By Thalia Lauzon
Boston University News Service
Over 400 competitive dancers from across the country gathered in Boston University’s Metcalf Ballroom on Saturday, April 1, for Elements XXI, hosted by BU’s Fusion Dance Troupe. The 21st annual competition brought together 20 dance troupes to network and compete.
This year, Liv3lihood, a Rhode Island-based crew, won for the second year in a row. The troupe won the top spot in 2022, the first year after COVID-19 restrictions were lifted. In addition, Elements 2023 saw New Jersey team Project D win second place and Boston dance team N/A take home third.
“Elements is a competition. At the end of the day, people want to win it, but there’s something about Elements that makes it feel a little bit healthier,” said N/A dance director Eddy Cao, a BU and Fusion director alumnus who ran Elements before graduating in 2017. “It feels like healthy competition. Different teams are there supporting each other. It’s not super cutthroat, and people are cheering everyone on.”
Elements center on community, Cao said. The event brings together dancers from beyond the New England area to create a larger community, unlike other Boston-based dance competitions.
The two-day event had both competition and master classes in which dancers and audience members could participate.
Day one featured 24 competitive pieces and exhibitions from different teams and three individual headliners who served as the night’s judges. The headliners served as the dance teachers for the workshops the following day.
“It’s an extremely, extremely professionally run event,” Cao said. “I think when you go, and when the audience goes, like there’s no way that college students put this on. There’s no way. Like how does that happen? All the teams feel taken care of. The exhibition acts feel taken care of. It’s a great experience for the audience.”
Liv3lihood dance director and choreographer Nikki Gyfto says regardless of the fierce competition, the “outpour of support” between the teams and production backstage, and while crews are performing create an encouraging environment not typically seen in a competitive setting.
“It’s really about just showing everyone how much we appreciate being able to share the stage with so much talent,” Gyfto said leading up to the weekend’s competition. “The show is always so intense and full of so much talent that it’s just an honor to be on that stage.”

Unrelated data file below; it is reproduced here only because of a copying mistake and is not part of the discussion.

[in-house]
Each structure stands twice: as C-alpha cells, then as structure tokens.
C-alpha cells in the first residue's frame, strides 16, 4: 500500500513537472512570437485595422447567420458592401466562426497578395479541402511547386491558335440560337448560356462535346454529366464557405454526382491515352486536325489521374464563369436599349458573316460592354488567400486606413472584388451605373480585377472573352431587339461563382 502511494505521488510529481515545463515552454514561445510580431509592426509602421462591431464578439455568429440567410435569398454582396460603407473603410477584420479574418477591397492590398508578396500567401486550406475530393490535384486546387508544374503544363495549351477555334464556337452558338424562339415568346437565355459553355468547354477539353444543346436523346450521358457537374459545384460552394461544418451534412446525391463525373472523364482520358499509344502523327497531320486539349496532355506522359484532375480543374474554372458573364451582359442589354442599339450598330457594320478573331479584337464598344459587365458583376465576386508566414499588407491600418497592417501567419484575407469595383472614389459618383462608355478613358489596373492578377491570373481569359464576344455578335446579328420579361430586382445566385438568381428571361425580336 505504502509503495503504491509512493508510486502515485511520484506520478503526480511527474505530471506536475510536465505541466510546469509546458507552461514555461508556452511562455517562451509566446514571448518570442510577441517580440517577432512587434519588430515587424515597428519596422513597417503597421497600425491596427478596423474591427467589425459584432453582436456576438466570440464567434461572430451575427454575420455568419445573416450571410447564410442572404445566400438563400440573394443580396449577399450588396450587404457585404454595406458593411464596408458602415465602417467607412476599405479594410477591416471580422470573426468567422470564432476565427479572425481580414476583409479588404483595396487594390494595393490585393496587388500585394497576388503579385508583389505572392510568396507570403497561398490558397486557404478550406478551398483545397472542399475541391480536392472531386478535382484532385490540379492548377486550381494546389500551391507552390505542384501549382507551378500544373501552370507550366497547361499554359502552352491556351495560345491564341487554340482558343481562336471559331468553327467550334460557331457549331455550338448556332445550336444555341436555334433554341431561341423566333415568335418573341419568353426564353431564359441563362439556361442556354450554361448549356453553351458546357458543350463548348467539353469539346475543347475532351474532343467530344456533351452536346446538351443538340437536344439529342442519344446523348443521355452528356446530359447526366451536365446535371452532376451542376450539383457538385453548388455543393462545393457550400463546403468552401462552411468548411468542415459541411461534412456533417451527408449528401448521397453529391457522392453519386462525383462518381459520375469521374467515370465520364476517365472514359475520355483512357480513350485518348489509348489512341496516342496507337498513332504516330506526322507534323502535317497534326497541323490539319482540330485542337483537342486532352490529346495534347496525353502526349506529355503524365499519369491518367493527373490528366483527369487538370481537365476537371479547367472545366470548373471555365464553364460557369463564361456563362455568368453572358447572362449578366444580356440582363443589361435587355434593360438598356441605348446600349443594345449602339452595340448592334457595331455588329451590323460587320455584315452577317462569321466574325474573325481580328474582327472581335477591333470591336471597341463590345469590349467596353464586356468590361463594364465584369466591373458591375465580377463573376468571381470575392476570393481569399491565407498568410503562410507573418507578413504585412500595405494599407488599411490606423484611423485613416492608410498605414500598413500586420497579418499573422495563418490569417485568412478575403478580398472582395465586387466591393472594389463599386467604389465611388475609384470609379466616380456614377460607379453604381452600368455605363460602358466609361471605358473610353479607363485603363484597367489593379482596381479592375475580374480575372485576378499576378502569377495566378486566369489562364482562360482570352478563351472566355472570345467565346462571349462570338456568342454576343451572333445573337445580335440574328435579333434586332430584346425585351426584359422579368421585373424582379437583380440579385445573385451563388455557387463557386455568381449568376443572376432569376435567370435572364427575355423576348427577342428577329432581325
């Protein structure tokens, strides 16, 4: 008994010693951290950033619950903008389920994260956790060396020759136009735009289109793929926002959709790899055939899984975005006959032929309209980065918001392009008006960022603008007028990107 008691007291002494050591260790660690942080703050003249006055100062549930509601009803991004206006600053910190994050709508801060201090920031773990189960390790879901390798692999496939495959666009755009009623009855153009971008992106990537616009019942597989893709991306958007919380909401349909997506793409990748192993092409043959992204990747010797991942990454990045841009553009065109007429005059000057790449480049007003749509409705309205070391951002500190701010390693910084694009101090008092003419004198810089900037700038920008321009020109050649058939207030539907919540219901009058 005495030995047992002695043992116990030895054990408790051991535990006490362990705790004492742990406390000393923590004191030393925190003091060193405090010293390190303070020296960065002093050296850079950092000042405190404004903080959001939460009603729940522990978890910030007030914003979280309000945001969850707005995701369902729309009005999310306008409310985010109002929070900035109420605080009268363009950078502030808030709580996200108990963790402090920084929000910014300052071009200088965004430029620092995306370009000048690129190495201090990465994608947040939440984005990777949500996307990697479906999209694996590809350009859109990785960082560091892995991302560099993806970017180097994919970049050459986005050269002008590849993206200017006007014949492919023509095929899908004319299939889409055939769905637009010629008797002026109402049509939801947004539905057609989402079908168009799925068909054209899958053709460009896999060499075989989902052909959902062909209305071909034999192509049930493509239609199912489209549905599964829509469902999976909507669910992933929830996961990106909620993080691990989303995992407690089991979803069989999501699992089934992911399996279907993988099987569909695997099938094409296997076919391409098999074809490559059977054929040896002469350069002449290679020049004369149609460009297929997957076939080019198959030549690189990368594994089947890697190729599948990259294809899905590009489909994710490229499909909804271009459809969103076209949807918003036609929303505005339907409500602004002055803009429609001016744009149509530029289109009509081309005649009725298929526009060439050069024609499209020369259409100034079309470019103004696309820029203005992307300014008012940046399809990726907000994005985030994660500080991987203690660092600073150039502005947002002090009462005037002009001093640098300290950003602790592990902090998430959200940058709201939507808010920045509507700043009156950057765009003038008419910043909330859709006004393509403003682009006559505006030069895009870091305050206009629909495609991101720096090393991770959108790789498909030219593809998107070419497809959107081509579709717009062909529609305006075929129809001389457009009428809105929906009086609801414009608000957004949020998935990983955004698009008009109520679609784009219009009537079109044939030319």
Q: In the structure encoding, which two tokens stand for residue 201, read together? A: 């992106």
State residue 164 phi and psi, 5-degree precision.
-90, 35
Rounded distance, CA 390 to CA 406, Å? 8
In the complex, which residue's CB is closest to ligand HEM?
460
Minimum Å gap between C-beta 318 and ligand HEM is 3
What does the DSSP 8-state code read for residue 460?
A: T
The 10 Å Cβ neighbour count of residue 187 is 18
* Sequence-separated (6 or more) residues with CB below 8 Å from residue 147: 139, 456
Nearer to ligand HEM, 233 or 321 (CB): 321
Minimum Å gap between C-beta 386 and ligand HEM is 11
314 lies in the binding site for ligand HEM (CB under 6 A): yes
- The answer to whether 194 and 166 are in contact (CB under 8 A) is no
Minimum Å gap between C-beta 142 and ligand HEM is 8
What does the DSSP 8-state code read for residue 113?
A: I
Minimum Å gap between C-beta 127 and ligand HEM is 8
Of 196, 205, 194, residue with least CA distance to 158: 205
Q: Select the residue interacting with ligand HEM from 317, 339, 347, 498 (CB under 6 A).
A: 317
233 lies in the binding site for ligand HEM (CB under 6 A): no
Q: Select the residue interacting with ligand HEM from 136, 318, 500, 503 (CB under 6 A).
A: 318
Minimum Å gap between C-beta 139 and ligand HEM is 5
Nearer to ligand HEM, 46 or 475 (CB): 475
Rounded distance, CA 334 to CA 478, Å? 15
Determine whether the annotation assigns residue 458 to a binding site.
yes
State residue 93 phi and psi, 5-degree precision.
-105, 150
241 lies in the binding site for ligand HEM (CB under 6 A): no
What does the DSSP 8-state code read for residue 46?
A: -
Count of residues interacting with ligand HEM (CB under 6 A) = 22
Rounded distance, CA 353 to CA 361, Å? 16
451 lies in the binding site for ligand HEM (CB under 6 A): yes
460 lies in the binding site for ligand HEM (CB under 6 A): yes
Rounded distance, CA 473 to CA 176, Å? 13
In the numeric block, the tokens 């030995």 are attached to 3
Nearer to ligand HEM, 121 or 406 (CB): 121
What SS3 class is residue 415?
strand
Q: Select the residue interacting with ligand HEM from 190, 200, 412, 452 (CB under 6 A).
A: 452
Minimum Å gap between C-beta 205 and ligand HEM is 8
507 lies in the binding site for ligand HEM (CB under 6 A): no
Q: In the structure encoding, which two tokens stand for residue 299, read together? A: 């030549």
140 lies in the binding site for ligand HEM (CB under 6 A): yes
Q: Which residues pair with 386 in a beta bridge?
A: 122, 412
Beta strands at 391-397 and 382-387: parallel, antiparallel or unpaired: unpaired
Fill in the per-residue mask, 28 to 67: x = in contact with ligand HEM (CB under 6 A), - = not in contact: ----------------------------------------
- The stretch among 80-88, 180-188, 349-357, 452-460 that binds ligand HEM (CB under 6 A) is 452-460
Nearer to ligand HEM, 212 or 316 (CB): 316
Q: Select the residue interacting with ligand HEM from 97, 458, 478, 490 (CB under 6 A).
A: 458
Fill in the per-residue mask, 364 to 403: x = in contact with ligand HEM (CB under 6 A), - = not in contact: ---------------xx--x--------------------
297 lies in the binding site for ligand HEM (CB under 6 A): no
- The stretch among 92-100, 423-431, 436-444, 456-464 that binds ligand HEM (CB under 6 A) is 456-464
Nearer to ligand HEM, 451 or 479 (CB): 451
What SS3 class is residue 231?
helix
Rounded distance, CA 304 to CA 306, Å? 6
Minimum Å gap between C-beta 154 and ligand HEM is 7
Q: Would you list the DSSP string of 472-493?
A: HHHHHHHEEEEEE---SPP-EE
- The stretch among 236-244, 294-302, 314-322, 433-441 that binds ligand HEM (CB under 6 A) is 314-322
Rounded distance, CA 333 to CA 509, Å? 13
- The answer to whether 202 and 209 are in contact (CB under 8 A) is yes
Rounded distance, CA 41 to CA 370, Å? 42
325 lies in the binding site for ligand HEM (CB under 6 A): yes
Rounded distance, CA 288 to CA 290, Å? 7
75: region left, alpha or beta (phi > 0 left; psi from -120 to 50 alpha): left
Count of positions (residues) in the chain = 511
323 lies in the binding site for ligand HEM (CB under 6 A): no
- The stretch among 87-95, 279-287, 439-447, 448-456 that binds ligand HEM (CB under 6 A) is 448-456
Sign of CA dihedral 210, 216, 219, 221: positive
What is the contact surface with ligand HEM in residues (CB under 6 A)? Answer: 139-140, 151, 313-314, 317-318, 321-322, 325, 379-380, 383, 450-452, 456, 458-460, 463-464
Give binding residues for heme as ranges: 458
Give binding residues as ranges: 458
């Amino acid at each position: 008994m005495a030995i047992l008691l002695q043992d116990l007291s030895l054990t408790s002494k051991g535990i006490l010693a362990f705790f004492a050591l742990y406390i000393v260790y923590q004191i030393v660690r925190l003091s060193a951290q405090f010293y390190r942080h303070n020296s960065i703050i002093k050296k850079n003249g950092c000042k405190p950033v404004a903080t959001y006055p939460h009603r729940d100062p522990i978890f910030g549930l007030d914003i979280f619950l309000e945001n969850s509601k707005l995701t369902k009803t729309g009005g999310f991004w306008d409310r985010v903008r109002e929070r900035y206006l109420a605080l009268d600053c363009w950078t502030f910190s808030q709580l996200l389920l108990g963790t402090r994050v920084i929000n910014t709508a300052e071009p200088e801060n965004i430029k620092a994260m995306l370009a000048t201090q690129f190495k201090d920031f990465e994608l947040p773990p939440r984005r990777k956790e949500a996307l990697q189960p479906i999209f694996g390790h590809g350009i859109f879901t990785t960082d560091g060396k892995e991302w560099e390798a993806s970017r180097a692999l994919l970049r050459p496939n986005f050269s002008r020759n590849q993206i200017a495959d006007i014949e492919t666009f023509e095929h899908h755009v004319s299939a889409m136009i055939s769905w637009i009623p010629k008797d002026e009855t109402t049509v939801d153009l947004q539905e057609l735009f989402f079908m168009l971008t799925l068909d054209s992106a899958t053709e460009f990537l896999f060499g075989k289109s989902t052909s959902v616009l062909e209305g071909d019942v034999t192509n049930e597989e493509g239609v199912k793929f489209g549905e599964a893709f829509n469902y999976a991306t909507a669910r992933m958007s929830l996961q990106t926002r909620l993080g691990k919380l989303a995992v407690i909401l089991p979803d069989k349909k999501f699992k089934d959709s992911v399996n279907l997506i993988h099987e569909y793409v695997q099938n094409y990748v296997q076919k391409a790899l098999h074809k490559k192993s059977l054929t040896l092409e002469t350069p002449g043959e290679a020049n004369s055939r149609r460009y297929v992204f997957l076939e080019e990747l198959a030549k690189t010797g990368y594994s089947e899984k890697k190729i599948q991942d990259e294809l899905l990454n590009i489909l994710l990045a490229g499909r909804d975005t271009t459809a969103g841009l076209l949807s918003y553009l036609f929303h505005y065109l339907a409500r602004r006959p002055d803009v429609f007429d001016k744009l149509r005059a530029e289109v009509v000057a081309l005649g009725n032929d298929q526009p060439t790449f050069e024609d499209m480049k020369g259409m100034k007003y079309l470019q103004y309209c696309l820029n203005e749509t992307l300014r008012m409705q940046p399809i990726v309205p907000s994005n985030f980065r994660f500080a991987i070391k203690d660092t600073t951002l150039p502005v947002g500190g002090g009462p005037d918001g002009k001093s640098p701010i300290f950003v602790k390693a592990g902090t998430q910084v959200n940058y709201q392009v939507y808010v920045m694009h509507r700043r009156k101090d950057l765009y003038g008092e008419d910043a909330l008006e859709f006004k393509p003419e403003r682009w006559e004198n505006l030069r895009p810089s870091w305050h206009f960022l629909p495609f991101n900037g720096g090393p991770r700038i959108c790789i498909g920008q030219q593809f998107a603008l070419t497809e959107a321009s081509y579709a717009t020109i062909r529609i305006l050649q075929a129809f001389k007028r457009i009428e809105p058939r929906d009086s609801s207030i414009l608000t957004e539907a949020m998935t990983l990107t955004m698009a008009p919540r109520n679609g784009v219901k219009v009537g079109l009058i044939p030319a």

Liv3lihood focused on pushing its artistry and strengths over winning while preparing for “the highlight” of the crew’s year, Gyfto said. The high-quality production value, lighting and event planning all helped teams be more excited and creative.
Cao said the scale of the competition and its performers help put Boston on the map for the dance community.
“It’s not that common for people to think of Boston as a dance city,” said Julia Vondrak, a second-semester Fusion member. “I really want them to know that Elements is here, and a lot of people are choosing to go to Boston over New York competitions.”
ThaHomies, based in Denver, Colorado, made its Boston competition debut at Elements.
“It’s always exciting for us to come to new competitions with new faces and teams that we’ve never heard of and have never heard of us,” ThaHomies dancer Aabriti Shrestha said. “We got something to bring to the table. Even though we are small, we are mighty.”
“We really just try to have fun, but through movement,” ThaHomies co-director Joshua Glenn said. “Regardless of placement, we just want people to enjoy and remember what we did.”
TheHomies performed a narrative set inspired by Red Riding Hood before intermission while BU’s Fusion opened and closed the team performances.
“I already want to plan next year’s Elements,” Vondrak said.
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